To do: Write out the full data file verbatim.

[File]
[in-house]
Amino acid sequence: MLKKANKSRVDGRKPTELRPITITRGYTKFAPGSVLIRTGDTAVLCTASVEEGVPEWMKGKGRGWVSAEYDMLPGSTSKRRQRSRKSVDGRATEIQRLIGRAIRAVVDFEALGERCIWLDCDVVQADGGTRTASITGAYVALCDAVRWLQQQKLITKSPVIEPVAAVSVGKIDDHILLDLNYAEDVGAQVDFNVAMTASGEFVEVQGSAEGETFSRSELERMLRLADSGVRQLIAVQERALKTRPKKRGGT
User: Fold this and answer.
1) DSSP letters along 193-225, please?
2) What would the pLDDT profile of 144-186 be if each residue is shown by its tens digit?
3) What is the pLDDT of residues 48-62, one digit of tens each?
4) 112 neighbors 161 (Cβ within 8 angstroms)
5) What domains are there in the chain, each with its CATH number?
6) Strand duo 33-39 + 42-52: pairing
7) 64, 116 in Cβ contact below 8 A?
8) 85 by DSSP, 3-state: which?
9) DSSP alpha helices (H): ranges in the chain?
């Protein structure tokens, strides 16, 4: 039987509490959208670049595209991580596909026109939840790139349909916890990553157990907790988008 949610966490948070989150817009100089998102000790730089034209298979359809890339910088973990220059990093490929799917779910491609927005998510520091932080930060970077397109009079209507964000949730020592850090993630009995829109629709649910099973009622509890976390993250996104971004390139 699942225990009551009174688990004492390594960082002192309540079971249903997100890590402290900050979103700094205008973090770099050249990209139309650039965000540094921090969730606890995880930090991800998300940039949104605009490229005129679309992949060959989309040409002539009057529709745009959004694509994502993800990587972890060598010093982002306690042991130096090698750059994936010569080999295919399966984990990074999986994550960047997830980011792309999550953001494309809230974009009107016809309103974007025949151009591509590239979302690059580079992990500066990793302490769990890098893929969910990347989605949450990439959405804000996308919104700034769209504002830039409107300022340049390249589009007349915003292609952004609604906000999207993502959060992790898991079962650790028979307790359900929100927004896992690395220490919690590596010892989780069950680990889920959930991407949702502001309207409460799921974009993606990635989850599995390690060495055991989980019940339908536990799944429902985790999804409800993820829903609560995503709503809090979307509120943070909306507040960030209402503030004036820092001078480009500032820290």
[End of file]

[in-house]
Amino acid sequence: MLKKANKSRVDGRKPTELRPITITRGYTKFAPGSVLIRTGDTAVLCTASVEEGVPEWMKGKGRGWVSAEYDMLPGSTSKRRQRSRKSVDGRATEIQRLIGRAIRAVVDFEALGERCIWLDCDVVQADGGTRTASITGAYVALCDAVRWLQQQKLITKSPVIEPVAAVSVGKIDDHILLDLNYAEDVGAQVDFNVAMTASGEFVEVQGSAEGETFSRSELERMLRLADSGVRQLIAVQERALKTRPKKRGGT
User: Fold this and answer.
1) DSSP letters along 193-225, please?
2) What would the pLDDT profile of 144-186 be if each residue is shown by its tens digit?
3) What is the pLDDT of residues 48-62, one digit of tens each?
4) 112 neighbors 161 (Cβ within 8 angstroms)
5) What domains are there in the chain, each with its CATH number?
6) Strand duo 33-39 + 42-52: pairing
7) 64, 116 in Cβ contact below 8 A?
8) 85 by DSSP, 3-state: which?
9) DSSP alpha helices (H): ranges in the chain?
């Protein structure tokens, strides 16, 4: 039987509490959208670049595209991580596909026109939840790139349909916890990553157990907790988008 949610966490948070989150817009100089998102000790730089034209298979359809890339910088973990220059990093490929799917779910491609927005998510520091932080930060970077397109009079209507964000949730020592850090993630009995829109629709649910099973009622509890976390993250996104971004390139 699942225990009551009174688990004492390594960082002192309540079971249903997100890590402290900050979103700094205008973090770099050249990209139309650039965000540094921090969730606890995880930090991800998300940039949104605009490229005129679309992949060959989309040409002539009057529709745009959004694509994502993800990587972890060598010093982002306690042991130096090698750059994936010569080999295919399966984990990074999986994550960047997830980011792309999550953001494309809230974009009107016809309103974007025949151009591509590239979302690059580079992990500066990793302490769990890098893929969910990347989605949450990439959405804000996308919104700034769209504002830039409107300022340049390249589009007349915003292609952004609604906000999207993502959060992790898991079962650790028979307790359900929100927004896992690395220490919690590596010892989780069950680990889920959930991407949702502001309207409460799921974009993606990635989850599995390690060495055991989980019940339908536990799944429902985790999804409800993820829903609560995503709503809090979307509120943070909306507040960030209402503030004036820092001078480009500032820290």